A very pleasing exercise in the complexities and confusions of the modern family, The Kids Are All Right is the latest film by Californian director Lisa Cholodenko. But you may know it as “that one with the lesbian moms and the sperm donor”. Even put that simply, lesbian marriage, unknown paternity and artificial insemination are by no means trifling subjects for a film to offer. This is particularly so in the wake of some rather disappointing negative decisions and attitudes regarding the legal status of gay marriage. In lurid contrast to this inequality is the apparent normalisation of gay marriage presented in gaggy TV show Modern Family, the “gay wedding” of Sex and the City 2, and the high-profile same-sex marriages of Elton John to David Furnish and Ellen DeGeneres to Portia De Rossi.

Lesbian relationships, by nature of the regrettably uneven receptions they receive, are a delicate territory for portrayal in a film. Depicting one of the couple as “the man”, or introducing excessive cross-dressing or sexually explicit slang would definitely be a faux-pas here. This is not only because this film is about family, but because at least in part, it documents the graduation gay parents into the popular vocabulary – it’s a demonstration of our near future, wherein we will see more and more gay couples bringing up children without any of the special attention or stigma they would have received even ten or twenty years ago.

As you might imagine, the problems facing mothers Jules (Juliane Moore) and Nic (Annette Bening), are the trifling ones facing any family with adolescent children. Their concerns over their kids’ performance at school, awkwardly budding sexuality and questionable friendship ties are interrupted after their daughter Joni (Mia Wasikowska, fresh from Tim Burton’s Alice in Wonderland) turns eighteen, and at the suggestion of her younger brother Laser (Josh Hutcherson), asserts her legal right to contact the man who donated sperm in order for her mothers to conceive them both. Their expectations upon meeting this man are a formed from a complicated mix of defensiveness, feelings of abandonment, apparent longing for a father figure, curiosity and interest in the genetic heritage of their own talents and tastes.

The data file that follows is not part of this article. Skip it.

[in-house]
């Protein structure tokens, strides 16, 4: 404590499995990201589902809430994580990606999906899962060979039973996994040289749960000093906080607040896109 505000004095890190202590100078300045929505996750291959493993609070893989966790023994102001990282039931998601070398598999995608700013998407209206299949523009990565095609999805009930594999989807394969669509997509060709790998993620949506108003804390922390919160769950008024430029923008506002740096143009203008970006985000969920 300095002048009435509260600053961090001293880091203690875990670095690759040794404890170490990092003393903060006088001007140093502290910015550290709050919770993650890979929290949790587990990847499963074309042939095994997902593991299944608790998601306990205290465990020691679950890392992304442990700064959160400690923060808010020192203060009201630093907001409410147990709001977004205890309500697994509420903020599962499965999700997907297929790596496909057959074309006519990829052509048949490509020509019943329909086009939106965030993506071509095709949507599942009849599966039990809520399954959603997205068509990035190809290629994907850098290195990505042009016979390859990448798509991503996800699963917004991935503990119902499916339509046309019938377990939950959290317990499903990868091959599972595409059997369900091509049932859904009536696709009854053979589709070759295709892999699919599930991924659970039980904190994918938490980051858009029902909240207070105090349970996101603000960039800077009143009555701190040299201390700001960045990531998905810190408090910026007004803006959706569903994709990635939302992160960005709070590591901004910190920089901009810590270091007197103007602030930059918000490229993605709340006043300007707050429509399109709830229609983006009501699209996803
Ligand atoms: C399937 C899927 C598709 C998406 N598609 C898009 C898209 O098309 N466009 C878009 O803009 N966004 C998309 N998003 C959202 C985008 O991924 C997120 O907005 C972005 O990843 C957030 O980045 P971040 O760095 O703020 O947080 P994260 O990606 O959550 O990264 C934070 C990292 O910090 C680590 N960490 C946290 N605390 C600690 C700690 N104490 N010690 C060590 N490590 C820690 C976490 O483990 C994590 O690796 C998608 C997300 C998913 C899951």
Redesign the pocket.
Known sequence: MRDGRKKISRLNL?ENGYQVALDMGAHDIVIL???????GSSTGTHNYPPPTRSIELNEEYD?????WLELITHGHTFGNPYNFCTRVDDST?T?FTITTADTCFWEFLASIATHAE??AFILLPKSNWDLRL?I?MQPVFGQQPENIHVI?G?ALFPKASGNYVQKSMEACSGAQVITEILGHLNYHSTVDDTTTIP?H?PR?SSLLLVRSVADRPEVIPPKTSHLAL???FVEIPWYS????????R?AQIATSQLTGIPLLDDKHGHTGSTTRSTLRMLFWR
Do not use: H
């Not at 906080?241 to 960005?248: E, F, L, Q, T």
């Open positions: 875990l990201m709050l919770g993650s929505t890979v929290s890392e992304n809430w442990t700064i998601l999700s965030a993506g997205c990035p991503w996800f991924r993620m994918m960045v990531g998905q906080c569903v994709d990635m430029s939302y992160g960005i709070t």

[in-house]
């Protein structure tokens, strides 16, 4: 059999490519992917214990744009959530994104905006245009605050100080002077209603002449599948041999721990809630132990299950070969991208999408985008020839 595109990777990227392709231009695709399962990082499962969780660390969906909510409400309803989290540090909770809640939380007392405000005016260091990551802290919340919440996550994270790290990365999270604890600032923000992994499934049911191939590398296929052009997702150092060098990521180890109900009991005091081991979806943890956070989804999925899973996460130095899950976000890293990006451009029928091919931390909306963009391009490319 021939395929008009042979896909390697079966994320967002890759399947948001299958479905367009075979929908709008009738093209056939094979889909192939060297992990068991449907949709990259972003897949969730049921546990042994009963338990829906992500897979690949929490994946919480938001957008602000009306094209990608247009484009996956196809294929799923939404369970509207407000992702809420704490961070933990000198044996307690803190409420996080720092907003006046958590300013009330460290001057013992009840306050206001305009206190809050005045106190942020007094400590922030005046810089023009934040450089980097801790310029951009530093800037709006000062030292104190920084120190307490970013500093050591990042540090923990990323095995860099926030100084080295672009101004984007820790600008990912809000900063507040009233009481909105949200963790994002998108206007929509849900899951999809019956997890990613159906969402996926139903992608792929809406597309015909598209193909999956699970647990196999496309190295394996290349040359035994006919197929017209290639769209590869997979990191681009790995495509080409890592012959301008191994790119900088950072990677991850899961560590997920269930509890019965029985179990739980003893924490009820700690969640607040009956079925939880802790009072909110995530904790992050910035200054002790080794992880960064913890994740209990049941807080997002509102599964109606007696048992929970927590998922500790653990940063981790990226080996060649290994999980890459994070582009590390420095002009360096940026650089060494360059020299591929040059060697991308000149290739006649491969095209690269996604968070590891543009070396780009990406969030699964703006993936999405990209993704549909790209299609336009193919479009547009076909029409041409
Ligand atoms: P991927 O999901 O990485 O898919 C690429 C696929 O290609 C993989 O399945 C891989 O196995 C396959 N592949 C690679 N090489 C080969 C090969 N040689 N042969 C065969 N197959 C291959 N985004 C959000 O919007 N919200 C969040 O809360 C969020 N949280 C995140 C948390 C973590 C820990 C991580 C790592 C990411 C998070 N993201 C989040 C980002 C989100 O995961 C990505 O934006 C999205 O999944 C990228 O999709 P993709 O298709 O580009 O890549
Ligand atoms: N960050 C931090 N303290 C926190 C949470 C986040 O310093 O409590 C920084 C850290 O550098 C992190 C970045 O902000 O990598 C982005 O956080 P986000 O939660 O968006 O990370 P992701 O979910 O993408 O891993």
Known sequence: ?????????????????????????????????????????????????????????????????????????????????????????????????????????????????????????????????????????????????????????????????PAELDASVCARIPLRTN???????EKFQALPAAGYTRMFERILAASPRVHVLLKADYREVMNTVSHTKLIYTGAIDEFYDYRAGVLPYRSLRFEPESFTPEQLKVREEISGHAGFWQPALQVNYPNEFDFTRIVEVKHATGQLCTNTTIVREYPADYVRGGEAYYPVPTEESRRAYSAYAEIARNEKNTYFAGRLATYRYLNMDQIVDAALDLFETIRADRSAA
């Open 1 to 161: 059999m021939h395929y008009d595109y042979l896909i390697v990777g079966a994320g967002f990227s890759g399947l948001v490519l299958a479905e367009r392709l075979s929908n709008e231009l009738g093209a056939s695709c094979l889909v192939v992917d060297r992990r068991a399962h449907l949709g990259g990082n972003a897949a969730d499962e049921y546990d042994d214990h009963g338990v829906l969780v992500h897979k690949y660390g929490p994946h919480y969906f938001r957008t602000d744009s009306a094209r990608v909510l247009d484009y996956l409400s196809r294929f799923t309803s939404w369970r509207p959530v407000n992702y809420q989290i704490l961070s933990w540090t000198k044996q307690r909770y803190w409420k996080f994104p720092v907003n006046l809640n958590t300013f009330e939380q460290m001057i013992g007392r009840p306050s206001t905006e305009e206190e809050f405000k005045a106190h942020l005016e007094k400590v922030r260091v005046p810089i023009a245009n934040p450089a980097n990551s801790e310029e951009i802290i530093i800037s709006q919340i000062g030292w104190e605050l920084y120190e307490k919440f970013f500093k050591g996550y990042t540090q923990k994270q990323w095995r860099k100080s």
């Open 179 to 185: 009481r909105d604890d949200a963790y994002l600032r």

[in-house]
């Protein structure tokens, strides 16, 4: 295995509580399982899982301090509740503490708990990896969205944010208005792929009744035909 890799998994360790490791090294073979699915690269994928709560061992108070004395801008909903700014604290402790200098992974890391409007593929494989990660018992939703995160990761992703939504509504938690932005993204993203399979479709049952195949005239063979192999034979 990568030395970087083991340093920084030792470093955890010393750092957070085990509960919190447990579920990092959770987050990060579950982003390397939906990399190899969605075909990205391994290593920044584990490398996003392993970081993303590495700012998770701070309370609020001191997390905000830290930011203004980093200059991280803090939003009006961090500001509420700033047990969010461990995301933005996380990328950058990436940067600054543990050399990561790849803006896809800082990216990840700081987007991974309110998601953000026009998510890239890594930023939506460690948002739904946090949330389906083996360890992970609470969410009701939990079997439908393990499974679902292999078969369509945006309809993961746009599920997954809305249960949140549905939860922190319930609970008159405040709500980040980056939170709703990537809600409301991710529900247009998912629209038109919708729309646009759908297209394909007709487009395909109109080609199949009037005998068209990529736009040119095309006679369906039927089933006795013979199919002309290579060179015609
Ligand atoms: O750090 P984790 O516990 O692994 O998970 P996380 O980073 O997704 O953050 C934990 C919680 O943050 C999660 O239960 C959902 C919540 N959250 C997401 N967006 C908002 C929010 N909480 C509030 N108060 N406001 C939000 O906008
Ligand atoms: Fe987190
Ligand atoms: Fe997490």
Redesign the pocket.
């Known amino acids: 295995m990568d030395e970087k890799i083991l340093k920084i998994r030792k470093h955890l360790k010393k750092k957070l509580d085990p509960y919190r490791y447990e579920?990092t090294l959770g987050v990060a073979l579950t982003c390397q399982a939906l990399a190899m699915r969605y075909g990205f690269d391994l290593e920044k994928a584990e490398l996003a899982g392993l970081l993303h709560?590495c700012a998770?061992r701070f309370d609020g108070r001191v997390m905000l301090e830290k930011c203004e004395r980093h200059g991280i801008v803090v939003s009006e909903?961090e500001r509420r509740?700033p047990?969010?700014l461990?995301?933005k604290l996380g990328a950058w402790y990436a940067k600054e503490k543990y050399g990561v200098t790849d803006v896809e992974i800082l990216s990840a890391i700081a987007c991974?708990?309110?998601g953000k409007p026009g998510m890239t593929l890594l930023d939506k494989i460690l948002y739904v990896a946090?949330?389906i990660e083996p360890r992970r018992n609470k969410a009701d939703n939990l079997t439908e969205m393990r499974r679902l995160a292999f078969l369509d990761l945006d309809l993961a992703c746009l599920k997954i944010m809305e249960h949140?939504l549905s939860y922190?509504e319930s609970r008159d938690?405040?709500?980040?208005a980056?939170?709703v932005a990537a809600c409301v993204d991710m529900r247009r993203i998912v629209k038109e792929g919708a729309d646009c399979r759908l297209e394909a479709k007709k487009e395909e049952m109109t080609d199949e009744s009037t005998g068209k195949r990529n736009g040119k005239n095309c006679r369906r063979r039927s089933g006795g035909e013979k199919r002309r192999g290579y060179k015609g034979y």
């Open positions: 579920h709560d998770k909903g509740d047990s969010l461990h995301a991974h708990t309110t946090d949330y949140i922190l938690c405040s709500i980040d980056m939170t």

The meeting proves that the question “Where did I come from?” is most often followed by “what will I do now that I am here?” Perhaps the most singular aspect of this film’s plot, and a magnificent matter to write about, is the fact that family are not chosen, however the arrival of sperm donor Paul (Mark Ruffalo) necessitates a choice that most people will not ever have to make, and for which no status quo exists: who will we let into our family?

The characters of this film are exceptionally strong, and all performances are imbued with a romance and a comic clumsiness. Not a scene goes by without some kind of awkward pause, unconsidered comment, or hilariously banal conversation forced out by some previously un-navigated social arrangement. This is all whilst remaining a relatable story, and showing how easy it is for any of us to make poor decisions or panic ourselves into conversing in the inane. Very intimate handheld camera-work heightens the comedic impact of the awkwardness, yet also has the lovely effect of assuring the viewer of the safety of these characters’ dignity – we feel so close to them that we know their humiliations will ‘stay in the room’, or rather, in their family.

Also of note is writer-director Cholodenko’s inclination to demonstrate and develop the personality their characters in a quite curious manner. Further to a central conflict, the characters of the children have their own enclosed stories that are furnished by very minor characters. Whilst these do not develop in the same dramatic manner as the main story, or serve a great deal towards showing the children in any more depth (not that we are in want of depth), they do work as an eloquent narrative mark. They help us to be aware of the potential tales the children may go on to forge, showing each member of the family has their own life outside of it.

The Kids Are All Right might be the best film about close or complicated relationships I have seen this year. It’s a well-loved gimic for an actor to shout ‘Cut! Cut! What’s my motivation?’ yet I don’t hesitate in saying that the best part of this film, for me, is that these are characters who don’t have a grand plan. They act without thinking, without anticipating repercussions, or out of emotional reflex, just like many of us do, and they can only know what they want by experiencing all the alternatives first.